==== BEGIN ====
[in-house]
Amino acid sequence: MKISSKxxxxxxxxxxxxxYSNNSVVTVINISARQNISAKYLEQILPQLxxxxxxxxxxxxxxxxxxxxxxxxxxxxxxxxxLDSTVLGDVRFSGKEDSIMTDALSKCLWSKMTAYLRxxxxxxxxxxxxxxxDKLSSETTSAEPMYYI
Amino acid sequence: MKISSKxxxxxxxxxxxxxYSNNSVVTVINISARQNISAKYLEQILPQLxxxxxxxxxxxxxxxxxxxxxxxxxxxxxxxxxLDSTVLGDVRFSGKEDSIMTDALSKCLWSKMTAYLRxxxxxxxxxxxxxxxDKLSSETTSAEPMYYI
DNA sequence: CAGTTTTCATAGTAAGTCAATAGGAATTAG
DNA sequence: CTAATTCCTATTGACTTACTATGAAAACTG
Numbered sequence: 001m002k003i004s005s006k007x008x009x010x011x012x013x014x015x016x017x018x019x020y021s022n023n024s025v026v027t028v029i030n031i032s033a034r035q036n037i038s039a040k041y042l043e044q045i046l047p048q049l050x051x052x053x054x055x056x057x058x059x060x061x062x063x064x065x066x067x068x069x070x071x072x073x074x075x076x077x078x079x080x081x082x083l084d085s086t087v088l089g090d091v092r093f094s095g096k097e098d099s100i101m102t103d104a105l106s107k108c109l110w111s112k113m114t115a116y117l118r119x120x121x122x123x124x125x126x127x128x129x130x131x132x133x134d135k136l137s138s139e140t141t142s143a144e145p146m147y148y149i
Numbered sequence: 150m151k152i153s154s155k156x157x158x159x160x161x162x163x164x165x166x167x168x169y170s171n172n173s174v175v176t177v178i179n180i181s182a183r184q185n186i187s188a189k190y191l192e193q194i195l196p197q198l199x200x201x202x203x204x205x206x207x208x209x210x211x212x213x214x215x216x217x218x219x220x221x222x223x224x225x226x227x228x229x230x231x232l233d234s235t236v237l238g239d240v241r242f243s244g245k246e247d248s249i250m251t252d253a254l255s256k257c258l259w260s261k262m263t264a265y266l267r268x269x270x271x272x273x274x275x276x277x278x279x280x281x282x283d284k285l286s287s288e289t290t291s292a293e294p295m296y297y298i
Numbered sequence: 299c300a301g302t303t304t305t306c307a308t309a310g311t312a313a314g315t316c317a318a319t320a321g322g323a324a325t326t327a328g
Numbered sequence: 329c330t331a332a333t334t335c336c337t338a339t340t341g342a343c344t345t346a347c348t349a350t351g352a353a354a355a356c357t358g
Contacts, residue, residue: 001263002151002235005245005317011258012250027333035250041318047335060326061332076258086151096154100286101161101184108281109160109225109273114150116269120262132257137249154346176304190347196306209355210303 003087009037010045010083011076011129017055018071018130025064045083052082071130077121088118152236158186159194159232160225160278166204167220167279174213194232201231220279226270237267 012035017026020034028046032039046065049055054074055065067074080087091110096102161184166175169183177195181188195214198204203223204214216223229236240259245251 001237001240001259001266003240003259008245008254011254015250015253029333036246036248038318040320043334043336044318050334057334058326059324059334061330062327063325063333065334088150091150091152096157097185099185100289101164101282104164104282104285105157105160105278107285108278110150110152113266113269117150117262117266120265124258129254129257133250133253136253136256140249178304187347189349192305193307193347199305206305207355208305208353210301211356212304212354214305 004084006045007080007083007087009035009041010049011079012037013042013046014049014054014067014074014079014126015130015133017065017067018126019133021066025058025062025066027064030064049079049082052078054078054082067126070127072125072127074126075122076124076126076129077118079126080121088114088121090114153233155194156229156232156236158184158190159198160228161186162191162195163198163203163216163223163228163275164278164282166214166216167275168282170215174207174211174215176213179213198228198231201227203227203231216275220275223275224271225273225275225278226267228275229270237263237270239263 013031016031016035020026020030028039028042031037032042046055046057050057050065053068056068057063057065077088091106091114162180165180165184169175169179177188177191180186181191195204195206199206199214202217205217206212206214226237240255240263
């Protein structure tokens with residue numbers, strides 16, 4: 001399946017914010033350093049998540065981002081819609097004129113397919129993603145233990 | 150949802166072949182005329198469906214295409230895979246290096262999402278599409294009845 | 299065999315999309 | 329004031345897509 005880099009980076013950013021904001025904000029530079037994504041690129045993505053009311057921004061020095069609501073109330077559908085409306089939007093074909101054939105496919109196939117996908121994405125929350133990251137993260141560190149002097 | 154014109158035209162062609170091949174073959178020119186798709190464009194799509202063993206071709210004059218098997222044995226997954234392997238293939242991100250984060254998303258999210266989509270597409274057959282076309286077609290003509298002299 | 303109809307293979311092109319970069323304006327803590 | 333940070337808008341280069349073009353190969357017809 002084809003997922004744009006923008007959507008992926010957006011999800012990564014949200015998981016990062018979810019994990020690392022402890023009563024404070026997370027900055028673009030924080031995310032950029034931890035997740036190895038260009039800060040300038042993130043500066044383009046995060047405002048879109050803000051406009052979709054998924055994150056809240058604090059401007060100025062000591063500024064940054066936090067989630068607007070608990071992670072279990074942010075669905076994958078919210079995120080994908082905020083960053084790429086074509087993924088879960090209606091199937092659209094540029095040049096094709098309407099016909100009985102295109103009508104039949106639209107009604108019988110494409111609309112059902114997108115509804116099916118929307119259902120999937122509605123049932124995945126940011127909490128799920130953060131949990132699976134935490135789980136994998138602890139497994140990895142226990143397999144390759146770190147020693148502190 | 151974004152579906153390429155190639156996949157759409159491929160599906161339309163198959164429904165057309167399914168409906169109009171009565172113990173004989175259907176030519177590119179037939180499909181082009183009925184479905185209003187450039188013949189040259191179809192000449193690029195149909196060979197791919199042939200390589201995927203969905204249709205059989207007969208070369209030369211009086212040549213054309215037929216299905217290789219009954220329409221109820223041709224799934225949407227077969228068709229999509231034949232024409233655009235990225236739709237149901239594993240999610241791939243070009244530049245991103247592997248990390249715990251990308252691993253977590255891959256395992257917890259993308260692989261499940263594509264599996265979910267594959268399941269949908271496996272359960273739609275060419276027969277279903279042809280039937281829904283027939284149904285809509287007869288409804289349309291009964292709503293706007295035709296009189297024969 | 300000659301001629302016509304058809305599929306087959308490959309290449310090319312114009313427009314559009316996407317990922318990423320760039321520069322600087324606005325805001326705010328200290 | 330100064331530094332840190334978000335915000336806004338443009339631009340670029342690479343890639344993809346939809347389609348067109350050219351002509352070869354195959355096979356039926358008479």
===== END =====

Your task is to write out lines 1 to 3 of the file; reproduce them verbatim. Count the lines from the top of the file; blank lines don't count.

[in-house]
Amino acid sequence: MKISSKxxxxxxxxxxxxxYSNNSVVTVINISARQNISAKYLEQILPQLxxxxxxxxxxxxxxxxxxxxxxxxxxxxxxxxxLDSTVLGDVRFSGKEDSIMTDALSKCLWSKMTAYLRxxxxxxxxxxxxxxxDKLSSETTSAEPMYYI
Amino acid sequence: MKISSKxxxxxxxxxxxxxYSNNSVVTVINISARQNISAKYLEQILPQLxxxxxxxxxxxxxxxxxxxxxxxxxxxxxxxxxLDSTVLGDVRFSGKEDSIMTDALSKCLWSKMTAYLRxxxxxxxxxxxxxxxDKLSSETTSAEPMYYI